When diesel vehicles were first introduced they were hailed as the answer to the rising levels of greenhouse emmissions from cars; we were told that they would produce less CO2 than petrol fuelled cars. Now it’s common knowledge that diesel vehicles actually produce more CO2. Furthermore, they produce tonnes of other pollutants such as NOx and particulates that have been linked with countless deaths.
After the likes of the Volkswagen scandal, which showed that far more pollutants were emmitted from diesel vehicles on the road than in the lab, the government is eager to close down on this environmental menace.
Are diesel vehicles banned anywhere outside of the UK?
With diesel cars being held responsible for over 70% of NOx pollution, it is suprising that action is not being taken urgently to remove these vehicles from the roads.There are very few cities with diesel vehicle bans so far, but many cities are making plans to ban these vehicles in the near future.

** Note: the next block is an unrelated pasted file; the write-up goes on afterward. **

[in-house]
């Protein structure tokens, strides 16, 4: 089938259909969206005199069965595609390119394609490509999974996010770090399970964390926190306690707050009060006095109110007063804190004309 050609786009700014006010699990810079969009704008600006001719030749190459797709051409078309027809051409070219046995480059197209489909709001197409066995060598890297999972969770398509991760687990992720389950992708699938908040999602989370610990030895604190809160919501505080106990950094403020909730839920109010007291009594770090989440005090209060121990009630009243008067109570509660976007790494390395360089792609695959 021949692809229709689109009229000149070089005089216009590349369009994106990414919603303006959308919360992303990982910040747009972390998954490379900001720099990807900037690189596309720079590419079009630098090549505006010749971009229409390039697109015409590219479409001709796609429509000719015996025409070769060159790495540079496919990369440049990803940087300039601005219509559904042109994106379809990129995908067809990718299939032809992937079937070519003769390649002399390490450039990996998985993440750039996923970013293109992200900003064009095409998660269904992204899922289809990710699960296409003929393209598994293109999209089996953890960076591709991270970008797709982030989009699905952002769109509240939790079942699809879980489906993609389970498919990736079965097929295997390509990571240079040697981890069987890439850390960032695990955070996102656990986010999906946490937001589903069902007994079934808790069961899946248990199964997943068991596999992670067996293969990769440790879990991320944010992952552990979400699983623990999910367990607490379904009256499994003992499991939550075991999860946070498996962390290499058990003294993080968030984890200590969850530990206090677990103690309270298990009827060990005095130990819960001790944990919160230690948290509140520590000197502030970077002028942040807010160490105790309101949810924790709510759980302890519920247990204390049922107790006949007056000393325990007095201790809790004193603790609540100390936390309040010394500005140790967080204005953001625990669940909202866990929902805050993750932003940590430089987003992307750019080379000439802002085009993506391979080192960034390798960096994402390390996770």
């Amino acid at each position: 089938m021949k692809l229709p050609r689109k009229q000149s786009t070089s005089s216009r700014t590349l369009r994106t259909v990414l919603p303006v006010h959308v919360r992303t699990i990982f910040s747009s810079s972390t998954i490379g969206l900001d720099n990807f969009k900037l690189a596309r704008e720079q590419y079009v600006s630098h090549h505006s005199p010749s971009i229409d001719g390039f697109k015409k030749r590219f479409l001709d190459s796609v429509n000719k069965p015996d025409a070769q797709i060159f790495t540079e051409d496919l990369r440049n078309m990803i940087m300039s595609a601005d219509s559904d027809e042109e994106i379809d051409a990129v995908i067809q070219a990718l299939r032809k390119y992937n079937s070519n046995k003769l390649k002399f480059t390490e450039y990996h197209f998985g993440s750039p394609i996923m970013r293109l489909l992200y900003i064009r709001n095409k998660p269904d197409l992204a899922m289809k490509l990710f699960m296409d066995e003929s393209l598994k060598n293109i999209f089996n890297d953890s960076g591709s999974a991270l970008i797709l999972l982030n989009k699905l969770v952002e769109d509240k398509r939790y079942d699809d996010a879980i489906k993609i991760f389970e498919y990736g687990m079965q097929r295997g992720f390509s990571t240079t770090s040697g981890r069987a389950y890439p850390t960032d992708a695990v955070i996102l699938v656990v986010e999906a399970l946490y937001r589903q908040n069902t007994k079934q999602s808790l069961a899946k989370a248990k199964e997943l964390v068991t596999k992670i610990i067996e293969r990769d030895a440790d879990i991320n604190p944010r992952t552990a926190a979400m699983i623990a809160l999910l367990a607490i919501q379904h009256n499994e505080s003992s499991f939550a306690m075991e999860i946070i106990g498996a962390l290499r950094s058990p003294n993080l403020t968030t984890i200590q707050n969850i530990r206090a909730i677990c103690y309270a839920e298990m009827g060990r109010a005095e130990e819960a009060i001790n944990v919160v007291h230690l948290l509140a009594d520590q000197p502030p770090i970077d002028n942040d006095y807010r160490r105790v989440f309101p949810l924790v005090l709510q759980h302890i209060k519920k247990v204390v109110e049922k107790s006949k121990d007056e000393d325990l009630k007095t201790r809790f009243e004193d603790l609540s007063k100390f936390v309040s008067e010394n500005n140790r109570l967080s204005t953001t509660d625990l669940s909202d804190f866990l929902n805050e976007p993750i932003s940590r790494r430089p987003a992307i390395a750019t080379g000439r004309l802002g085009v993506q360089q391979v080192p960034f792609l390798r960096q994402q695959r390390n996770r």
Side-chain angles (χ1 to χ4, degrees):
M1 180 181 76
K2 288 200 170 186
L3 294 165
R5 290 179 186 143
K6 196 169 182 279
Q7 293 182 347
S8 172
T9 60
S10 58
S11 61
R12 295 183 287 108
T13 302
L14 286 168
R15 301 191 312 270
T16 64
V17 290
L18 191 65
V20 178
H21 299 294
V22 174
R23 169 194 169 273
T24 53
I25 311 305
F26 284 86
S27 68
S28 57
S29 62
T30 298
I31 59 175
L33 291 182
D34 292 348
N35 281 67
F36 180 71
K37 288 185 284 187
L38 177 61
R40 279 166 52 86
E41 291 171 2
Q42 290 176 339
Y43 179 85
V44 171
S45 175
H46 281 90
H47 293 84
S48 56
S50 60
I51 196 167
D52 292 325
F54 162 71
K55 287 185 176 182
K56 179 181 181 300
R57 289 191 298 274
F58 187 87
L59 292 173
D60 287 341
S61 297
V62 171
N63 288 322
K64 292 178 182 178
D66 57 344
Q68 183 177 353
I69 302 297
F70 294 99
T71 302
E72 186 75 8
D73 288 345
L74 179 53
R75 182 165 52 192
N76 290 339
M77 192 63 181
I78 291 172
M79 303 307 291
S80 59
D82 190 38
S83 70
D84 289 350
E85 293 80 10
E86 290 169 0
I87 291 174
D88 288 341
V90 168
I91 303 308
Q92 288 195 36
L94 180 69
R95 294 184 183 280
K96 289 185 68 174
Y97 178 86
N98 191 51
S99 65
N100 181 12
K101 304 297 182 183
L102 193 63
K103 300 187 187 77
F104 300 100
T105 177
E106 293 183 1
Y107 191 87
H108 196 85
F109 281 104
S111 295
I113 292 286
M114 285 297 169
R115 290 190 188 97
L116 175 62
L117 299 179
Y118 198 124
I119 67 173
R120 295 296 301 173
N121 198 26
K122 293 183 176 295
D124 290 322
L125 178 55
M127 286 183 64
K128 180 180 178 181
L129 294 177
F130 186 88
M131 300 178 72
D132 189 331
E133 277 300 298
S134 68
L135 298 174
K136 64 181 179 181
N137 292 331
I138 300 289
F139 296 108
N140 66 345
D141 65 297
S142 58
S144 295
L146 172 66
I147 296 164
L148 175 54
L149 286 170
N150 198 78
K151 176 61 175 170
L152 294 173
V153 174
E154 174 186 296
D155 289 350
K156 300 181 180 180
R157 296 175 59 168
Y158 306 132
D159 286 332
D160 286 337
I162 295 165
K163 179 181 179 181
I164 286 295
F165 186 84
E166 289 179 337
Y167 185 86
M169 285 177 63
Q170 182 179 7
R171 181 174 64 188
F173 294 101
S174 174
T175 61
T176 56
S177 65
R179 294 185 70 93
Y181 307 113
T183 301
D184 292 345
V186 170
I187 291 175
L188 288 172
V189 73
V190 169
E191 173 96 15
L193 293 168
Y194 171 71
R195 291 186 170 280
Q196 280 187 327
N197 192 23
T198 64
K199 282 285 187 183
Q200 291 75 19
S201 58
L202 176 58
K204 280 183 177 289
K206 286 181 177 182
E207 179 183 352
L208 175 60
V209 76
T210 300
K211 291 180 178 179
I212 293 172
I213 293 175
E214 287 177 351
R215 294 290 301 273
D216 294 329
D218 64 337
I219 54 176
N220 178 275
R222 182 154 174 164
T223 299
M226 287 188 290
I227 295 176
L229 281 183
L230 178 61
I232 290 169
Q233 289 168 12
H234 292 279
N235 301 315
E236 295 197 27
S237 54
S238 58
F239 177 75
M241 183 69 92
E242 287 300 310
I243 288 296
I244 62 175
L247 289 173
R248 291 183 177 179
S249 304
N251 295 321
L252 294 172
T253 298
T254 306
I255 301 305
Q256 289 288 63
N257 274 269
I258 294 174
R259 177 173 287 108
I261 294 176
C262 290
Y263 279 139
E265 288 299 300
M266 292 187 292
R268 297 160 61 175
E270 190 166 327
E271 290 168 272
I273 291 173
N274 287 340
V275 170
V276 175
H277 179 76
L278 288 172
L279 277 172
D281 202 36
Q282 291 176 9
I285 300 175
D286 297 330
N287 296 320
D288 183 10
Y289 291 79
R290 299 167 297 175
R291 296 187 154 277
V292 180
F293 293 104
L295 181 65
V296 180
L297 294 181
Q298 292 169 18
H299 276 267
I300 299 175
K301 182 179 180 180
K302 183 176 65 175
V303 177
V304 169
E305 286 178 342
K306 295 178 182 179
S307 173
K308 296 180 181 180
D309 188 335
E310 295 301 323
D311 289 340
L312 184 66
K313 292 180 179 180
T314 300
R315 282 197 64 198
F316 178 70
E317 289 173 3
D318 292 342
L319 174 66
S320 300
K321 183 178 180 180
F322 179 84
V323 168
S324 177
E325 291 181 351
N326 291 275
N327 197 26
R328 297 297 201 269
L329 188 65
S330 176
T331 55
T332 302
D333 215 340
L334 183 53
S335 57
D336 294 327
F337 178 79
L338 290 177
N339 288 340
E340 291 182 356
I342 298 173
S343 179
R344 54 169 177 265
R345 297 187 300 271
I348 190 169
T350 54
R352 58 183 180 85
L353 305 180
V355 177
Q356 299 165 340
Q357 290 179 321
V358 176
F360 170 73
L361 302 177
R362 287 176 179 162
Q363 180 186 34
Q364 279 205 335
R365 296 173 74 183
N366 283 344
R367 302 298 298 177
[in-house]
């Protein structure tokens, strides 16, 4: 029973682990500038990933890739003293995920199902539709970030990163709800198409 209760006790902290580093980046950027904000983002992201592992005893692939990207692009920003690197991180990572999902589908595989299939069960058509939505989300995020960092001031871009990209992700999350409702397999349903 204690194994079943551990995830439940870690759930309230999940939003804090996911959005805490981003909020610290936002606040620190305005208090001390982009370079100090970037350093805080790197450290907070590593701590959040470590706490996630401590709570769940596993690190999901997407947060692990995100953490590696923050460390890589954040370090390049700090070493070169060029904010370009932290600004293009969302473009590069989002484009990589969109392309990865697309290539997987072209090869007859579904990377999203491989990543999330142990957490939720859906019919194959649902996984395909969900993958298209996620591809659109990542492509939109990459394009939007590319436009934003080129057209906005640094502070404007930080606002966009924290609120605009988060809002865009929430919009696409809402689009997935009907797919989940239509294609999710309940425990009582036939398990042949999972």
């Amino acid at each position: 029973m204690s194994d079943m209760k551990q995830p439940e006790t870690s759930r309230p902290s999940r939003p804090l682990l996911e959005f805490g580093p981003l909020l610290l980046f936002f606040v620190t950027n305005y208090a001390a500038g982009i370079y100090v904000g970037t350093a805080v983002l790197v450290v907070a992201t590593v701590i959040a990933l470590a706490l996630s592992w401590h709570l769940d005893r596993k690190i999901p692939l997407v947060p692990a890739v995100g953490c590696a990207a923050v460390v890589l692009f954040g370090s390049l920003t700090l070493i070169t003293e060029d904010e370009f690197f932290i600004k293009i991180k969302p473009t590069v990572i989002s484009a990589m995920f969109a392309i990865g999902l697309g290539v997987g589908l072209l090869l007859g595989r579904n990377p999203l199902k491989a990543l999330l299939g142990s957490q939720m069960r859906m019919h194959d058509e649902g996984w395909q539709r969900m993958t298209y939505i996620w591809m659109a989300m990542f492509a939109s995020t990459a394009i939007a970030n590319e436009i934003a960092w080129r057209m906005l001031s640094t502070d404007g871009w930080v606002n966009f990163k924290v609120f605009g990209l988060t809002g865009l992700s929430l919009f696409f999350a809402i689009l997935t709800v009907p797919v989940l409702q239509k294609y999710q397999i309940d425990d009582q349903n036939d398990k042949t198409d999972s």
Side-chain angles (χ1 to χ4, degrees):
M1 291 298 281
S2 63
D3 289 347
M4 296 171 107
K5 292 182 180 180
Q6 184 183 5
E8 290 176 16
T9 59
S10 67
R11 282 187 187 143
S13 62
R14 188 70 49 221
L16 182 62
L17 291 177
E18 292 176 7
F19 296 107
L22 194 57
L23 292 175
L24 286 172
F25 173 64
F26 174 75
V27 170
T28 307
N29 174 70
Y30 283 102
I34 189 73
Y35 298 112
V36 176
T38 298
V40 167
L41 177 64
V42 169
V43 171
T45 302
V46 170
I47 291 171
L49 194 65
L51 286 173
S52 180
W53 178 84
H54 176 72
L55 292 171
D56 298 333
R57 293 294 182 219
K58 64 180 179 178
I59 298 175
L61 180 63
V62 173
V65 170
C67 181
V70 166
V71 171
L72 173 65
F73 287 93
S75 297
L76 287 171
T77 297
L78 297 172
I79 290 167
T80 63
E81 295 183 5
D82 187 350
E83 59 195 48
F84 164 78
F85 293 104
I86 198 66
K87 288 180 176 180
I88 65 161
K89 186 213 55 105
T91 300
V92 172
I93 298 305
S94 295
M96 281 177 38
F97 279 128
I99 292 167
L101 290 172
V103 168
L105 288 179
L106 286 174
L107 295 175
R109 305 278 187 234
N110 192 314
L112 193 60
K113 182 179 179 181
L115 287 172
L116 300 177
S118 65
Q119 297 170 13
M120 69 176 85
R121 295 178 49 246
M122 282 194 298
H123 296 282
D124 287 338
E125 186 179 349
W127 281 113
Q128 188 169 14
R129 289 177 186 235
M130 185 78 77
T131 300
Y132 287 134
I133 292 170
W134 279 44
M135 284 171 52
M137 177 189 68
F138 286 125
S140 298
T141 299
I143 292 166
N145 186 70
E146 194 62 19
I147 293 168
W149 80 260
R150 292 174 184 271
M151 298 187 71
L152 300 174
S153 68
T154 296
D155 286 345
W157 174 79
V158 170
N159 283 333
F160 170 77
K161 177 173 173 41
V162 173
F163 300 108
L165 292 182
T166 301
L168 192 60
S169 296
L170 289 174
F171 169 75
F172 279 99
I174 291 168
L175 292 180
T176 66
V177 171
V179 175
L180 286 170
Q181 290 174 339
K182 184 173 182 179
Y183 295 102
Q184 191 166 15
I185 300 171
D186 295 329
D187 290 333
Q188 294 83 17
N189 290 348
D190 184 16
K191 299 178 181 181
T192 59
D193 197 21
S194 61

Some of the first steps are currently being taken in Germany. In Stuttgard and Düsseldorf, courts have ruled that older diesel vehicles will be banned from city centres.
In Paris, all cars made prior to 1997 are banned in the city center on weekdays.
The mayor of Paris also has plans to limit some streets to electric cars by 2020.
When will diesel vehicles be banned?
Plans have already been confirmed by the UK government to ban all diesel vehicles by 2040, with the aim to get all diesel vehicles off the roads by 2050.
However, the government has recently been urged to move the ban forward 10 years.
The environmental thinktank, Green Alliance, argues that introducing the ban in 2030 rather than 2040 would do wonders for the environment.
On top of the environmental benefits, they argue that having an earlier ban date would reduce oil imports, saving an estimated 6.5 Billion per year for the UK.
Although the picture is blurred, if the government yield to this suggestion it may mean that we need rethink our plans: we may need to think about exchanging vehicles sooner than we thought before.